UN agency steps up belt for governments to do more protect and support workers as the pandemic continues to grow.
The World Health Organization (WHO) estimates that between 80,000 and 180,000 healthcare workers worldwide have died as a result of COVID-19, warning of the danger of burn-outout, fear and fatigue as the virus continues to spread over the world.
“These deaths are a tragic loss,” WHO said on Thursday, as it is the data over the period between January 2020 and May 2021. The total number of known deaths from COVID-19 was 3.45 million over the same period.
“They are also an irreplaceable chasm in the world pandemic response.”
About 135 million people is thought of work in healthcare worldwide.
workers in clinics and hospitals are on the front lines of the pandemic since the first Cases of COVID-19 have surfaced in the Chinese city of Wuhan in end of 2019 and although many last having exhaustion and fear, there is little sign that has the disease run its course.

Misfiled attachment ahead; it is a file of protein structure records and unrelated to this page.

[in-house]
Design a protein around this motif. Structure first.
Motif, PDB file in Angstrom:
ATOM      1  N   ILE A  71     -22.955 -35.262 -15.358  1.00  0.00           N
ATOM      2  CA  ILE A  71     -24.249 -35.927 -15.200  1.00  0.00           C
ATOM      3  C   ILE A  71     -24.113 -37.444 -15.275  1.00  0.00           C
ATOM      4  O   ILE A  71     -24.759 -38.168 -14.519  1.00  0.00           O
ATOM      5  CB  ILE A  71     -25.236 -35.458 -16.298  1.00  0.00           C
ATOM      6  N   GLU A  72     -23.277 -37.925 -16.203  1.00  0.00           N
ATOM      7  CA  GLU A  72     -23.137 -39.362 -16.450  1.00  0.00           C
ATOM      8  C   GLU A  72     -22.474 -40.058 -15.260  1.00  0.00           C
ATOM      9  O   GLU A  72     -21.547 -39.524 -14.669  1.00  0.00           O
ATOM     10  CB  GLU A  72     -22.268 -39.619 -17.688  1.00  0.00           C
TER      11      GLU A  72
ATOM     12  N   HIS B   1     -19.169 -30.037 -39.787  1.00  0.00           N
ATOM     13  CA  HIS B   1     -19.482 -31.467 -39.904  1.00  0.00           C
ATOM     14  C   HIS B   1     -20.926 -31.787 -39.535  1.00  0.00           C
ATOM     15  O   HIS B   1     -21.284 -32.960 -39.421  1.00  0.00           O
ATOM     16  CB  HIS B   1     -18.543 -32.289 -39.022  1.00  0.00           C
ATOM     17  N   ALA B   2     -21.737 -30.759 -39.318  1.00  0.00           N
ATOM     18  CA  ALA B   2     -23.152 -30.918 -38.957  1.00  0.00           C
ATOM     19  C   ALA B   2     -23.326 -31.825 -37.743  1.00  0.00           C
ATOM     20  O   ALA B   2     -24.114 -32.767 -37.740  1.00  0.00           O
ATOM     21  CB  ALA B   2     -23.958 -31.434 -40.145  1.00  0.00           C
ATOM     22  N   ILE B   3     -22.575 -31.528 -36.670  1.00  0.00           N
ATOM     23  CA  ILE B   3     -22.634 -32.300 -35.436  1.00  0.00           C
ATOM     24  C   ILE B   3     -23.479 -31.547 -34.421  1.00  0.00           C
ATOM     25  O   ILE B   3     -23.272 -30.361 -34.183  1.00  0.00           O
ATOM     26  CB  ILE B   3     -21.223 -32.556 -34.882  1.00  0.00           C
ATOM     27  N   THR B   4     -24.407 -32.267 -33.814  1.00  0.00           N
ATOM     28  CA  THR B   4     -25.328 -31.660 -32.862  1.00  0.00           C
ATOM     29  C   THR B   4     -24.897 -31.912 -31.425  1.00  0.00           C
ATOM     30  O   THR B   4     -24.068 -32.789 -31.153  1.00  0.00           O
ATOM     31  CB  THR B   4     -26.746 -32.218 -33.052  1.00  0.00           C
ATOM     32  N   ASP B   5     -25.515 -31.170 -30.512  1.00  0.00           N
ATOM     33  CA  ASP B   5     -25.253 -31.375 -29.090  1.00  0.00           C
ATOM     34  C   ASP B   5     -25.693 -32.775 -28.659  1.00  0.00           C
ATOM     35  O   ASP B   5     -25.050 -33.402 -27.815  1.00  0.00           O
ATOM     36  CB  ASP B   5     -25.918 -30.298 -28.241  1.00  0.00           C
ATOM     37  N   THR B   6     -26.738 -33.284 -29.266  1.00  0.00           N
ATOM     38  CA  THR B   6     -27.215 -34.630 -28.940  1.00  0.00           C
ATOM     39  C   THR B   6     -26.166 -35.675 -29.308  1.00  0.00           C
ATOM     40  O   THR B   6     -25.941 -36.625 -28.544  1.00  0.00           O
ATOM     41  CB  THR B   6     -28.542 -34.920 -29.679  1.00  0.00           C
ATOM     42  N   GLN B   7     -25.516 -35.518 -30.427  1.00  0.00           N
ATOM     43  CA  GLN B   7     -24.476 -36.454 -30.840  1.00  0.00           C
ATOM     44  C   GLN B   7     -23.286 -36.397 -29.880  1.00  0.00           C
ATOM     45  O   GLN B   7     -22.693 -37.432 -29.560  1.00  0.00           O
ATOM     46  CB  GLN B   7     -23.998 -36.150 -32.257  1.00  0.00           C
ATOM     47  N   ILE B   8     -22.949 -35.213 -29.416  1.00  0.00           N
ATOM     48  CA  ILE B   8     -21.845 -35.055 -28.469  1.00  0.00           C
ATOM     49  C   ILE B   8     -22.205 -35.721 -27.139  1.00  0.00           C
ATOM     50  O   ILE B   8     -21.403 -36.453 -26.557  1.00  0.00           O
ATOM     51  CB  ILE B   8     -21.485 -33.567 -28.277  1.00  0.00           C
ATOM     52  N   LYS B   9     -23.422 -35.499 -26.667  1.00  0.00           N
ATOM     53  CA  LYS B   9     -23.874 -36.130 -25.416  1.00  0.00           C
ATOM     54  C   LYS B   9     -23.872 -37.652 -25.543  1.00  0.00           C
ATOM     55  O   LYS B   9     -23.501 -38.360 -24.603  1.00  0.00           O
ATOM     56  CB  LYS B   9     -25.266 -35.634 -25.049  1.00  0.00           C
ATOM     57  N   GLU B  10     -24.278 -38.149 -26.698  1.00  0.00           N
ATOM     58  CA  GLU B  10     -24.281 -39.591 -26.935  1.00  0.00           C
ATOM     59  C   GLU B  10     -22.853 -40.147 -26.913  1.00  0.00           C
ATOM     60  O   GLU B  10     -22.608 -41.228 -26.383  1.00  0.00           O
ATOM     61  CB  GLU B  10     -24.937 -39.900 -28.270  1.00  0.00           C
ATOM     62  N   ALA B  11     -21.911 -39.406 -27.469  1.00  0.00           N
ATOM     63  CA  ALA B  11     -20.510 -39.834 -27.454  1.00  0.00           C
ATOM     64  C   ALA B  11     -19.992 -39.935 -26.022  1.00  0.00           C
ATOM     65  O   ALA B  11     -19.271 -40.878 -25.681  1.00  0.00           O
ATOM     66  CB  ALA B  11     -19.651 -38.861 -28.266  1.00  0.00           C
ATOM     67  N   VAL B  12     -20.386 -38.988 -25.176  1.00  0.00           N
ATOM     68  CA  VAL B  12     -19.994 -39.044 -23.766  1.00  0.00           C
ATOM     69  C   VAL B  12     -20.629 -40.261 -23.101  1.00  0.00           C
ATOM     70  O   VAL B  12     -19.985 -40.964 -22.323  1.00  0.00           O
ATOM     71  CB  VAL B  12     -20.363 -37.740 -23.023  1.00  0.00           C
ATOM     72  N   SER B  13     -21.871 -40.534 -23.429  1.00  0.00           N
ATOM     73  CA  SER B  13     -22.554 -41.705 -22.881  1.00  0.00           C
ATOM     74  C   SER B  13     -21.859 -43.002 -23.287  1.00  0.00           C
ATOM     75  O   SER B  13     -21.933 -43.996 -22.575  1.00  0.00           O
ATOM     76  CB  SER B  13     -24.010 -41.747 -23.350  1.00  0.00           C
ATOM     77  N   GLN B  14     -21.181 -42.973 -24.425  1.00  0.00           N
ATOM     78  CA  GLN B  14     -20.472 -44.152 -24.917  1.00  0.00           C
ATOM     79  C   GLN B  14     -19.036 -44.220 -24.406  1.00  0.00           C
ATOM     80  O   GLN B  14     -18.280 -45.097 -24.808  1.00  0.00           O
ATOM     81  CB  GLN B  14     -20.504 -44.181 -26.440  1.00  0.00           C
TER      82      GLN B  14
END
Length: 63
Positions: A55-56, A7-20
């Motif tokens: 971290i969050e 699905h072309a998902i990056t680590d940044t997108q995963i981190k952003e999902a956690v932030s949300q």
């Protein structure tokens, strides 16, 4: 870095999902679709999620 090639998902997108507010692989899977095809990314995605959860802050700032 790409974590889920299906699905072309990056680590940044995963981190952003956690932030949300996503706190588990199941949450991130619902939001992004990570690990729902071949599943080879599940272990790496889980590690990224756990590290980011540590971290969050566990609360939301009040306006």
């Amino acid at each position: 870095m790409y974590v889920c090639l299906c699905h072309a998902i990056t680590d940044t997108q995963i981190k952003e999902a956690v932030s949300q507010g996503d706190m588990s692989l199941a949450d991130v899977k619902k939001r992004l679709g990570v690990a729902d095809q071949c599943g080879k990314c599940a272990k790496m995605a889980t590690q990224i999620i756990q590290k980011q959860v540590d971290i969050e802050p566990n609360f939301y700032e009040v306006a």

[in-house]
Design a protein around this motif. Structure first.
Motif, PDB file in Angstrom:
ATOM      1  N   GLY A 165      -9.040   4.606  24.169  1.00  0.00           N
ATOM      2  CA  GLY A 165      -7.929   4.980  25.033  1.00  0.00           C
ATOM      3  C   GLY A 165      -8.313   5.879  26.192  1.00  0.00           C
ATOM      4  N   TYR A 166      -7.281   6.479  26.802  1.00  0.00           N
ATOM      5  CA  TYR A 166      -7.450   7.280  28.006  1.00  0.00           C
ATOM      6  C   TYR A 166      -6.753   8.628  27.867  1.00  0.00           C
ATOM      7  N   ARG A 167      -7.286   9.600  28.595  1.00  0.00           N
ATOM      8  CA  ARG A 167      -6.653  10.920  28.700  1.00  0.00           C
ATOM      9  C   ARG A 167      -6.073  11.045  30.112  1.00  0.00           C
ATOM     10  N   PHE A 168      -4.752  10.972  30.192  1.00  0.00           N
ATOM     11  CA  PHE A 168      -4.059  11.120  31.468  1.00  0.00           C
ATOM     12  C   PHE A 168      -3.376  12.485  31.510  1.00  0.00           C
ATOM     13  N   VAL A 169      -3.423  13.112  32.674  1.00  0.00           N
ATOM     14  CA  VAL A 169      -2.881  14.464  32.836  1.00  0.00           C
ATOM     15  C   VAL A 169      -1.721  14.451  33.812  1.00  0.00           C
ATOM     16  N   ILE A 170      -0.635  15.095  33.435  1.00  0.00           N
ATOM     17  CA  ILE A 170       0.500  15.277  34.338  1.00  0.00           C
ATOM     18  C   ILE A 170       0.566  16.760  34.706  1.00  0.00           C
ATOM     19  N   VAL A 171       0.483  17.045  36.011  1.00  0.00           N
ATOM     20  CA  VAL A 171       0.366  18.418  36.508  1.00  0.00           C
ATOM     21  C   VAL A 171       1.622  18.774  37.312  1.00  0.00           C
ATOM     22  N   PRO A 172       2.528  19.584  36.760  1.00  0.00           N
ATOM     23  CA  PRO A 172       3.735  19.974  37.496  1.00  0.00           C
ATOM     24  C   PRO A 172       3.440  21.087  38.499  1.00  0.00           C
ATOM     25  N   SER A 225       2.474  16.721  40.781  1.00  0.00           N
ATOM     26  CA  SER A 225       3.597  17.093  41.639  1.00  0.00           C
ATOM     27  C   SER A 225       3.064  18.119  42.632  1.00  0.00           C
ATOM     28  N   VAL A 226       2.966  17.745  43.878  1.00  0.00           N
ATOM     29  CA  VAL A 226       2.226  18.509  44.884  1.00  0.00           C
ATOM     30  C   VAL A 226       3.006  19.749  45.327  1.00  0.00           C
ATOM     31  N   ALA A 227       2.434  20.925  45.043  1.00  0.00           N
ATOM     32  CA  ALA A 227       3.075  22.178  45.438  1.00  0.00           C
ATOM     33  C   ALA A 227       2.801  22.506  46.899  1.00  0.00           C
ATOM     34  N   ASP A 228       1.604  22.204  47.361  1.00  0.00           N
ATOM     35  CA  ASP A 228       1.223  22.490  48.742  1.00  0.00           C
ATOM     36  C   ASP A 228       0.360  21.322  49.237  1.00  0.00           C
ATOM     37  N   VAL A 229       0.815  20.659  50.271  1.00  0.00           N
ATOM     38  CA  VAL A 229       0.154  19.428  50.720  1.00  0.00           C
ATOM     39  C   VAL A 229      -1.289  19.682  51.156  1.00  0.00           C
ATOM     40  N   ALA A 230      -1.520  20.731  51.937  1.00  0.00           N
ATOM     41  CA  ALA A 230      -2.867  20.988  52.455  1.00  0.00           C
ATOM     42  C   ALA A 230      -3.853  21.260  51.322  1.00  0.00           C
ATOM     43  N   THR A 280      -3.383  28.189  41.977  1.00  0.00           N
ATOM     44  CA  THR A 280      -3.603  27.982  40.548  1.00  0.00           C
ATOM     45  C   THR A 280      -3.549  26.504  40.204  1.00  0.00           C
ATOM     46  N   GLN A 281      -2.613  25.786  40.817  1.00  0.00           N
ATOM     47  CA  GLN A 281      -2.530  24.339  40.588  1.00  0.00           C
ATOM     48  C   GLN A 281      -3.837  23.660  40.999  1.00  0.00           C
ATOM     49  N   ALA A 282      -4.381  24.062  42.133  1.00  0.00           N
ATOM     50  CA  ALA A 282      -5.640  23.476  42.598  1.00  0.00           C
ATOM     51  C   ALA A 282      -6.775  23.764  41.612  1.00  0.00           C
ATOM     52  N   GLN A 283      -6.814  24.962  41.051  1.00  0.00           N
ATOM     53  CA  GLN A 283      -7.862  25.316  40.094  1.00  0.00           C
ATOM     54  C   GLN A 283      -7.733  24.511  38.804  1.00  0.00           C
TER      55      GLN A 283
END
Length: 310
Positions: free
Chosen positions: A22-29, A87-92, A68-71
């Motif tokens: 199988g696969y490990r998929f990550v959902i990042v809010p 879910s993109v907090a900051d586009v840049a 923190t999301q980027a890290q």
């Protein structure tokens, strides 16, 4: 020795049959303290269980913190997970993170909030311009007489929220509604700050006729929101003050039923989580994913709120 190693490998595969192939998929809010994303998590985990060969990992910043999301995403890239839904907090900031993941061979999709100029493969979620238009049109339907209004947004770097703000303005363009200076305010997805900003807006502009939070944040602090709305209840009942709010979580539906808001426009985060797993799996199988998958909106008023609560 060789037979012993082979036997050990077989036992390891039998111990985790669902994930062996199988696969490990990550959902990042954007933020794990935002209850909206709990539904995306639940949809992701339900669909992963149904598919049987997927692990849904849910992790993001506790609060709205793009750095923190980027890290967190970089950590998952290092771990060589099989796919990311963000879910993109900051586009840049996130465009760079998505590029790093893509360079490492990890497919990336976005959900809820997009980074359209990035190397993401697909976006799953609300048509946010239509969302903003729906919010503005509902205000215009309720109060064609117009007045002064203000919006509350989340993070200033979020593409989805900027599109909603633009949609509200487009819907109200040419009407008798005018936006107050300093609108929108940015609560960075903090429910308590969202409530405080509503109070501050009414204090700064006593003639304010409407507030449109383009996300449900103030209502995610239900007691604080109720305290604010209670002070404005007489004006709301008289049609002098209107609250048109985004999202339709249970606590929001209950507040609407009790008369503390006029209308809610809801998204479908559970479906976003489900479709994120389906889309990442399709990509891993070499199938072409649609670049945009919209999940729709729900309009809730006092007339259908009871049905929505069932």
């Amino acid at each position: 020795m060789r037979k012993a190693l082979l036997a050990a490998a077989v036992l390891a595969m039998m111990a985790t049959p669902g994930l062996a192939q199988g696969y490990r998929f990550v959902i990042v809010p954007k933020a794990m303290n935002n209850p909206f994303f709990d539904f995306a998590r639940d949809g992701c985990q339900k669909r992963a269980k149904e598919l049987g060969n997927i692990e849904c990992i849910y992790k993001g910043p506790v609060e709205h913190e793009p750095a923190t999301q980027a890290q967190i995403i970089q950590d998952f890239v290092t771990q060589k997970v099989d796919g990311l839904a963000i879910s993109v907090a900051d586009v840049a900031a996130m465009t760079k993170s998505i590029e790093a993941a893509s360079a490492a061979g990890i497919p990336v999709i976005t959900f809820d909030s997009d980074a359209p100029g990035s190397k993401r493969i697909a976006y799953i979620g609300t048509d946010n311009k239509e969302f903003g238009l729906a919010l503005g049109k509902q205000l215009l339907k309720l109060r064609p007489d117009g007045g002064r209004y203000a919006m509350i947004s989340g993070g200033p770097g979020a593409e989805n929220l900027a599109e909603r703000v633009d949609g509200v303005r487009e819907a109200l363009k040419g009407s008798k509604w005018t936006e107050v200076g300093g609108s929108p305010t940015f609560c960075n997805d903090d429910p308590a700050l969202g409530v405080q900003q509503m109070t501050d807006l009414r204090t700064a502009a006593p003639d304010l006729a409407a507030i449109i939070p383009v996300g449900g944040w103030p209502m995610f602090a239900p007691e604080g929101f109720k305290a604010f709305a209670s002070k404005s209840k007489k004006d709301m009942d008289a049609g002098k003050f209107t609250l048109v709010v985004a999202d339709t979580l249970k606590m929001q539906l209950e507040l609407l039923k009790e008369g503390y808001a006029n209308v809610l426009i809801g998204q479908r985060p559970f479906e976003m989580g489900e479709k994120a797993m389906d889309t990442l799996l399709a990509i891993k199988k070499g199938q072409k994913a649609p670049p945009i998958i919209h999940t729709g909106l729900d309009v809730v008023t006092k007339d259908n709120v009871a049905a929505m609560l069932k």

Health workers have been given priority in a lot of countries’vaccination programs, but the unequal distribution’ of jabs means that on average, over the world, just two in five are fully vaccinated, the WHO said.
“We have a moral obligation to protect all health and care workers, ensure their rights and give them with reasonable work in a safe and stimulating practice environment. This should include: access vaccines,” said Jim Campbell, director of the WHO Health Workforce Department.
if of Sep 2021, available data from 119 countries suggests that less than 1 in 10 health workers are fully vaccinated in the African and Western Pacific, while 22 are mostly high-income countries reported that more than 80 percent of their staff was fully vaccinated. A few big high incomes countries have not yet reported data to the WHO, it noted.
“It is encouraging that the reported rate of infections and deaths among health and care workers reduced over time: but the world cannot be complacent. More work is necessary to minimize the risk of infection in the workplace,” the WHO statement said.
The UN Health Agency says governments need to strengthen monitoring and reporting of COVID-19 infections, ill health and deaths among health and care workers, creating a working environment in which health workers are protected.
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